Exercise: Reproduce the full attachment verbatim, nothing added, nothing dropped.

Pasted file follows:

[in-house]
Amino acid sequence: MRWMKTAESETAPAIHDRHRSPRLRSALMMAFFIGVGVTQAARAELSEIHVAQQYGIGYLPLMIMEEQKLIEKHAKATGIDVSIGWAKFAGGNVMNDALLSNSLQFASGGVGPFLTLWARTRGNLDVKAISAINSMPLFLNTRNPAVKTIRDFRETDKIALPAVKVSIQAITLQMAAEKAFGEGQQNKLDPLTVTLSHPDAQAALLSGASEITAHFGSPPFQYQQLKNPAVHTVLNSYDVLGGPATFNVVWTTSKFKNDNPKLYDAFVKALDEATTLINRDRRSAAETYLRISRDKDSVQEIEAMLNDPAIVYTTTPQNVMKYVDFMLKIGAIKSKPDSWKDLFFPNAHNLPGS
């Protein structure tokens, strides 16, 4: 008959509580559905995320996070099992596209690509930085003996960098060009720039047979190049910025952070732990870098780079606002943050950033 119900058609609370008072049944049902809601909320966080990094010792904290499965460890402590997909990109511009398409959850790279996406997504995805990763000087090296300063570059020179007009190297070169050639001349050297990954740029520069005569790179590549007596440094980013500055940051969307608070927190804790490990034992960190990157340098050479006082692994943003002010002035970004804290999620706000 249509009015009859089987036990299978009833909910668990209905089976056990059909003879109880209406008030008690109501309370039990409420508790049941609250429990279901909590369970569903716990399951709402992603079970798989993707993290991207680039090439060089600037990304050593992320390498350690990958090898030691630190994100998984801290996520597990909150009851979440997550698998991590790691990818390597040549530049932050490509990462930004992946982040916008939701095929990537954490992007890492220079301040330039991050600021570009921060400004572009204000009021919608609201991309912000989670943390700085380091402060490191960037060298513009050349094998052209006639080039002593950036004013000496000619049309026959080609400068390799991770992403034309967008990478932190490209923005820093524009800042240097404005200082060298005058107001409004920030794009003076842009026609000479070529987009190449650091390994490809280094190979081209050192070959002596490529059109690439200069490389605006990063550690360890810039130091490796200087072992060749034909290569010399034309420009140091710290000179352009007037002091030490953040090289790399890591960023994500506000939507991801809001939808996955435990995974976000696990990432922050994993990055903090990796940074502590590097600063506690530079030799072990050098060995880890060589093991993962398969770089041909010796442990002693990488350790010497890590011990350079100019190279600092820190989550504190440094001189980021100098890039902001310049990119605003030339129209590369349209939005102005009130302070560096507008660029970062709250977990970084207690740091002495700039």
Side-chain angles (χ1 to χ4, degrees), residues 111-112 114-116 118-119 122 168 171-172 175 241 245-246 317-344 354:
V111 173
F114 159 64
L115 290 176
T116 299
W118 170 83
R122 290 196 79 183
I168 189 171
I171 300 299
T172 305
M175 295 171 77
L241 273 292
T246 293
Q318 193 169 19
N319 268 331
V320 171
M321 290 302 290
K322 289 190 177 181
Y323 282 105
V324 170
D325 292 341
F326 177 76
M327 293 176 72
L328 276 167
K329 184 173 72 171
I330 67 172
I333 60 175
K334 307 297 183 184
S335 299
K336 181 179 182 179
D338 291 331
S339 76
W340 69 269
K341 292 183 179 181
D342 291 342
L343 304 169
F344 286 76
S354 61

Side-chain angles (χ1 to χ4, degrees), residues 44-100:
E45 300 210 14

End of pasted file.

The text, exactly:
[in-house]
Amino acid sequence: MRWMKTAESETAPAIHDRHRSPRLRSALMMAFFIGVGVTQAARAELSEIHVAQQYGIGYLPLMIMEEQKLIEKHAKATGIDVSIGWAKFAGGNVMNDALLSNSLQFASGGVGPFLTLWARTRGNLDVKAISAINSMPLFLNTRNPAVKTIRDFRETDKIALPAVKVSIQAITLQMAAEKAFGEGQQNKLDPLTVTLSHPDAQAALLSGASEITAHFGSPPFQYQQLKNPAVHTVLNSYDVLGGPATFNVVWTTSKFKNDNPKLYDAFVKALDEATTLINRDRRSAAETYLRISRDKDSVQEIEAMLNDPAIVYTTTPQNVMKYVDFMLKIGAIKSKPDSWKDLFFPNAHNLPGS
């Protein structure tokens, strides 16, 4: 008959509580559905995320996070099992596209690509930085003996960098060009720039047979190049910025952070732990870098780079606002943050950033 119900058609609370008072049944049902809601909320966080990094010792904290499965460890402590997909990109511009398409959850790279996406997504995805990763000087090296300063570059020179007009190297070169050639001349050297990954740029520069005569790179590549007596440094980013500055940051969307608070927190804790490990034992960190990157340098050479006082692994943003002010002035970004804290999620706000 249509009015009859089987036990299978009833909910668990209905089976056990059909003879109880209406008030008690109501309370039990409420508790049941609250429990279901909590369970569903716990399951709402992603079970798989993707993290991207680039090439060089600037990304050593992320390498350690990958090898030691630190994100998984801290996520597990909150009851979440997550698998991590790691990818390597040549530049932050490509990462930004992946982040916008939701095929990537954490992007890492220079301040330039991050600021570009921060400004572009204000009021919608609201991309912000989670943390700085380091402060490191960037060298513009050349094998052209006639080039002593950036004013000496000619049309026959080609400068390799991770992403034309967008990478932190490209923005820093524009800042240097404005200082060298005058107001409004920030794009003076842009026609000479070529987009190449650091390994490809280094190979081209050192070959002596490529059109690439200069490389605006990063550690360890810039130091490796200087072992060749034909290569010399034309420009140091710290000179352009007037002091030490953040090289790399890591960023994500506000939507991801809001939808996955435990995974976000696990990432922050994993990055903090990796940074502590590097600063506690530079030799072990050098060995880890060589093991993962398969770089041909010796442990002693990488350790010497890590011990350079100019190279600092820190989550504190440094001189980021100098890039902001310049990119605003030339129209590369349209939005102005009130302070560096507008660029970062709250977990970084207690740091002495700039």
Side-chain angles (χ1 to χ4, degrees), residues 111-112 114-116 118-119 122 168 171-172 175 241 245-246 317-344 354:
V111 173
F114 159 64
L115 290 176
T116 299
W118 170 83
R122 290 196 79 183
I168 189 171
I171 300 299
T172 305
M175 295 171 77
L241 273 292
T246 293
Q318 193 169 19
N319 268 331
V320 171
M321 290 302 290
K322 289 190 177 181
Y323 282 105
V324 170
D325 292 341
F326 177 76
M327 293 176 72
L328 276 167
K329 184 173 72 171
I330 67 172
I333 60 175
K334 307 297 183 184
S335 299
K336 181 179 182 179
D338 291 331
S339 76
W340 69 269
K341 292 183 179 181
D342 291 342
L343 304 169
F344 286 76
S354 61

Side-chain angles (χ1 to χ4, degrees), residues 44-100:
E45 300 210 14